It is possible to directly observe discreet energy spectra of self-assembled quantum dots (QD) and quantum rings (QR) by means of capacitance-voltage (CV) spectroscopy.1,2 Related theoretical studies, however, had some difficulties interpreting the experiments. Acquired values of the electron effective mass in QD1 and QR2,3 were significantly larger than the bulk mass. Also, the value of the energy-gate-voltage conversion coefficient was in disagreement with experimental conditions.2,3 In presented work we use relatively simple single subband model for InAs/GaAs QD(QR) where the energy dependence of electron effective mass is defined by the Kane formula.4 Model assumptions lead to the non-linear Schrodinger equation in 3D space.5 Model geometrical parameters are based on the fabrication process for InAs/GaAs QD/QR,6 for which the experimental CV data is available.1,2 We assume that the QD to QR transformation occurs without the loss of InAs material. Energies of confinement states of QD(QR) are calculated. Obtained results for single energy levels are in good agreement with the CV spectroscopy.1,2 Our calculations reproduce experimental value for the energy-gate-voltage conversion coefficient as 7. Magnitude of the non-parabolic contribution to the electron effective mass is also evaluated.

1 B. T. Miller, et al., Phys. Rev. B 56, 6764 (1997).
2 A. Lorke, et al., Phys. Rev. Lett. 84, 2223 (2000).
3 A. Emperador, et al., Phys. Rev. B. 62, 4573 (2000).
3 E. Kane, J. Physics and Chemistry of Solids 1 249 (1957).
4 Li Y, et al., Journal Applied Physics 90 6416 (2002).
5 I. Filikhin, E. Deyneka and B. Vlahovic, Model. Simul. Mater. Sci. Eng. 12, 1121 (2004).
6 J.M. Garsia et al., Appl. Phys. Lett. 71, 2014 (1997).

10:20 AM EM2-ThM-7 Relaxed Coupling Conditions between Quantum Dots and Photonic Crystals
P. Petroff (University of California, Santa Barbara)
The possibility of controling the photon emission directionality and enhancing their emission rate by using quantum dots (QDs) coupled to a high Q photonic crystal (PC) opens important technological applications e.g. single photon emitters and detectors. Hence, understanding and controling this coupling is essential if the weak or strong coupling regime is to be routinely achieved. Coupling conditions are however, very demanding, since both the position of the QD and its frequency must be tuned to the PC the mode location and the ultra sharp resonant frequency. We will demonstrate using the InAs/GaAs system a strategy which allows for the deterministic coupling of a single QD to an S1 PC. This technique is general and can be applied to other PC types.1 We report high Purcell factors and non-trivial relaxation dynamics for off resonance lines in all fabricated structures.. We will discuss the coupling of an L3 PC with a dilute InAs/GaAs QD system which shows an ultra low threshold stimulated emission. This "threshold-less" laser is realized even for off -resonance coupling conditions between the QDs and the L3-PC. This new body of experimental observations suggests a relaxation of the coupling conditions which is specific to the QDs. We will present evidence that the continuum of states associated with the wetting layer together with acoustic phonons are involved in these relaxed coupling conditions. Acknowledgments: This work has been carried out in collaboration with A. Badolato, K. Hennessy, S. Strauf, M. Atature, J. Dreiser, M. Rakher, L. Andreani, E.Hu, A. Imamoglu and D. Bouwmeester. The support of an NSF-NIRT no: 0304678 and DARPA no: 972-01-1-0027.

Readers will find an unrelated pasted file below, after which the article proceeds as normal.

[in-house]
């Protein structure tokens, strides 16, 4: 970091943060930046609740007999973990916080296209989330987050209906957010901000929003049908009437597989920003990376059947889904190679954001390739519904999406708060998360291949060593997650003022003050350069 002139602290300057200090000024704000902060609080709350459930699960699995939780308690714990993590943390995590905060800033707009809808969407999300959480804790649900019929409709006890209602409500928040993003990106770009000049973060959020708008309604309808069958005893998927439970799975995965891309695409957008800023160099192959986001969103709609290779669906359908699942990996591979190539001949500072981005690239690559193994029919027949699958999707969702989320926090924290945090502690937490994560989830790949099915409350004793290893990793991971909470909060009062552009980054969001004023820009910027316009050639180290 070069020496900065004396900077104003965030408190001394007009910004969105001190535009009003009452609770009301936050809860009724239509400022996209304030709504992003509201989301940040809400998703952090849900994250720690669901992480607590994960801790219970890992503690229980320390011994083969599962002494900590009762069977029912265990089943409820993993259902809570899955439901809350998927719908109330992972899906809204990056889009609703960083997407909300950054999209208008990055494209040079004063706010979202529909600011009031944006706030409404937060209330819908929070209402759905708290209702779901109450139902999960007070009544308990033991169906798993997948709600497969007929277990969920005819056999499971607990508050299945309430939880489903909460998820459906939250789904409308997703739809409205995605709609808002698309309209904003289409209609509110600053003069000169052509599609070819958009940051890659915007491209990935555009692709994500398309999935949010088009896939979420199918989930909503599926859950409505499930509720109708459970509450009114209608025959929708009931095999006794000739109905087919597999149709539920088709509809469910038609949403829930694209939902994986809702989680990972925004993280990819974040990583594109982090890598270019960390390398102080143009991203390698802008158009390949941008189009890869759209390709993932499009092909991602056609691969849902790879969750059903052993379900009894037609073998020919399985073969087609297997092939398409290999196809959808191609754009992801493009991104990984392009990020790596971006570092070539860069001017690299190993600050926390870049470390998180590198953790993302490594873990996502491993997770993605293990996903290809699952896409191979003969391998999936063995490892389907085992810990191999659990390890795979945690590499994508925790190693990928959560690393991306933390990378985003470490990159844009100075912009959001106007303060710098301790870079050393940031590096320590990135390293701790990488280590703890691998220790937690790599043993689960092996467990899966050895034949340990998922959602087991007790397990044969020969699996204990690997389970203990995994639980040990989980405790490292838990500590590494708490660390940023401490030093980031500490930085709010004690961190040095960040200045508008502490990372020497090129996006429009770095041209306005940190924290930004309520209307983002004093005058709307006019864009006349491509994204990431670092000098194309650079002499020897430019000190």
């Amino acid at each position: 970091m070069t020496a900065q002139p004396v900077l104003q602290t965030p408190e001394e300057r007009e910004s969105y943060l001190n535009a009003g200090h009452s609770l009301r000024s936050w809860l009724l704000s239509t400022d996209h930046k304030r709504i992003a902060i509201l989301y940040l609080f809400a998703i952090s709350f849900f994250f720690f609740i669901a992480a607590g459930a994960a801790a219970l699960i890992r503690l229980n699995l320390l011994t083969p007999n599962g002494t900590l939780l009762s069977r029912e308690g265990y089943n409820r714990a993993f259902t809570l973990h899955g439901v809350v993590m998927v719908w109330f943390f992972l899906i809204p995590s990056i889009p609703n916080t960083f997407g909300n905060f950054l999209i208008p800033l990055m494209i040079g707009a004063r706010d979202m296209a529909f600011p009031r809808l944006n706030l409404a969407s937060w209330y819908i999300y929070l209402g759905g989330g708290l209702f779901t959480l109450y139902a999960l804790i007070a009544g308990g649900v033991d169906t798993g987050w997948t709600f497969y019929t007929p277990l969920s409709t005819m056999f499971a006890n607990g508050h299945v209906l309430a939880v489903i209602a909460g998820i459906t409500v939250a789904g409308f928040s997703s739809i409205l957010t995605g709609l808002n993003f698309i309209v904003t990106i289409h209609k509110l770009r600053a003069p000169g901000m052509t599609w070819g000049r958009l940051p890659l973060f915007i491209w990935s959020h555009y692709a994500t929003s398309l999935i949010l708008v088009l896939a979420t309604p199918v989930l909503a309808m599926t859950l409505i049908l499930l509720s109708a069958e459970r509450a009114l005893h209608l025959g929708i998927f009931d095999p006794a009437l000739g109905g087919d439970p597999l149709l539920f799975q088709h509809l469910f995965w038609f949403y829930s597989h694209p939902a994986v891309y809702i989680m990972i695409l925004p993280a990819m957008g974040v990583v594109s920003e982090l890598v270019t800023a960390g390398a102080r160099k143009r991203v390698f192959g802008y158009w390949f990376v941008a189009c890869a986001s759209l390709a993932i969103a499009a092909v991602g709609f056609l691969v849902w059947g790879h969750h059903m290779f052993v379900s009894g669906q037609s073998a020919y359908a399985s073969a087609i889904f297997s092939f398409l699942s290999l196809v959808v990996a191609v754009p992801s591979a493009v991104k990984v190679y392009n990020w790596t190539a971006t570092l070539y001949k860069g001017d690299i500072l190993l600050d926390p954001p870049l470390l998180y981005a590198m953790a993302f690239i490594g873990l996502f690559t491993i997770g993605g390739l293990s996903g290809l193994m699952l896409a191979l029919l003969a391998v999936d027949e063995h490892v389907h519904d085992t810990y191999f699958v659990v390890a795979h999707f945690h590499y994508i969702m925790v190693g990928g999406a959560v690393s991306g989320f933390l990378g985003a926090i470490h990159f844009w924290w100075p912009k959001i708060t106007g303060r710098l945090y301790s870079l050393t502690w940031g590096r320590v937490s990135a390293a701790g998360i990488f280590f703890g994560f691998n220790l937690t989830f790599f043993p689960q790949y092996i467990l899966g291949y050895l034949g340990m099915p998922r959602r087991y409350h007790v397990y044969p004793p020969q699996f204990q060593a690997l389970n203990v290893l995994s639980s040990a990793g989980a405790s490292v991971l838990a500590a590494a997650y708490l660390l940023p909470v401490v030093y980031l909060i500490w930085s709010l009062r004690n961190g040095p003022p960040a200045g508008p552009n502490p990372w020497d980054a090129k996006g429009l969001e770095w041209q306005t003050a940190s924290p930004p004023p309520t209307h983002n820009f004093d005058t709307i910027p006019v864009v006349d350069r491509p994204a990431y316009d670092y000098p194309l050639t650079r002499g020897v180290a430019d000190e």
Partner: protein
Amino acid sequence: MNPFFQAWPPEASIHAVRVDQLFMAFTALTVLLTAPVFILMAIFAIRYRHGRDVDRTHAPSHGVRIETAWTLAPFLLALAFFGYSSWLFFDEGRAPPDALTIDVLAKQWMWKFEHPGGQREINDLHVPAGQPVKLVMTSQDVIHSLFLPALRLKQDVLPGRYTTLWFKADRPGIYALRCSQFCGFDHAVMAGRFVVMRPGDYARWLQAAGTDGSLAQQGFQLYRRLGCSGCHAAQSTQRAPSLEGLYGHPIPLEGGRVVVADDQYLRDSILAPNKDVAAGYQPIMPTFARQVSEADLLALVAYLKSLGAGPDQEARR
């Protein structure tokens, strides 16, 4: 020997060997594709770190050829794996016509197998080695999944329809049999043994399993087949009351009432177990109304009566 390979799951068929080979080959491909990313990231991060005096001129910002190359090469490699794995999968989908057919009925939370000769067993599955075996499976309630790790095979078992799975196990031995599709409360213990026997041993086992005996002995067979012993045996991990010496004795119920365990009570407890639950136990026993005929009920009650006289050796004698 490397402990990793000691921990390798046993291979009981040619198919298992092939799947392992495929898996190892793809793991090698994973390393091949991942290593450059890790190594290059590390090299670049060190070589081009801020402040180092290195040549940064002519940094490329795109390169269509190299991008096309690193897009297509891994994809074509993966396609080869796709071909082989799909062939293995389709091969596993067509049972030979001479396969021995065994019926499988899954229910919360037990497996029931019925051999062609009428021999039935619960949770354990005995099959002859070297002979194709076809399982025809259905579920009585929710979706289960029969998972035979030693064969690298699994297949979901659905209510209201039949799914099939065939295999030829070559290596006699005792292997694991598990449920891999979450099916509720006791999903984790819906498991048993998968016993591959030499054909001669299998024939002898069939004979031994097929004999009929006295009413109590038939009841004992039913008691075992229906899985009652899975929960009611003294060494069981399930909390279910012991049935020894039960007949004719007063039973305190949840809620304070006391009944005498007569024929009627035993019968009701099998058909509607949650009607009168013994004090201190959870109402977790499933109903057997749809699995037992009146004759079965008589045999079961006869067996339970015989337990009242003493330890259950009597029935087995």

1A.Badolato et al., Science 308, 1158 (2005).

11:00 AM EM2-ThM-9 Formation of Flat, Relaxed Si1-xGex Alloys on Si(001) Without the Use of Buffer Layers
S. Hong, H.-W. Kim, D.K. Bae, S.C. Song, G.-D. Lee, E. Yoon (Seoul National University, South Korea); C.S. Kim (Korea Research Institute of Standards and Science); Y.L. Foo, J.E. Greene (University of Illinois at Urbana-Champaign)
Flat, fully-strained Si1-xGex layers with thicknesses ranging from 40 to 240 nm were grown on Si(001) at 450 °C by ultrahigh vacuum chemical vapor deposition and subjected to furnace annealing at 1000 °C for 20 min to induce relaxation. In order to suppress the thermally-activated surface adatom diffusion leading to surface roughening, while simultaneously promoting misfit dislocation formation, SiO2 capping layers were deposited prior to annealing. The degree of strain relaxation R and the root-mean-square surface roughness w are determined as a function of layer thickness. For Si1-xGex layers annealed without SiO2 cap layers, the primary relaxation mechanism is strain-induced roughening leading to the formation of a self-organized mound structure with high w and R. However, for capped layers, strain-relaxation occurs through the formation of misfit dislocations and surface roughening is controlled by the resulting cross-hatch. Detailed analysis using atomic force microscopy line scans show that the crosshatch patterns consist of slip steps produced by misfit dislocations at the Si0.77Ge0.23/Si(001) interface. The presence of oxide cap layers during annealing changes the mechanism of strain relaxation from strain-induced to misfit dislocation induced roughening and inhibits surface diffusion such that the evolution of crosshatch ridges from slip steps is limited. As a result, with oxide capped 240-nm-thick films, we obtain smooth, relaxed Si0.77Ge0.23 layers with w = 0.68 nm and R = 68% without the necessity of using several-µm-thick compositionally-graded buffer layers.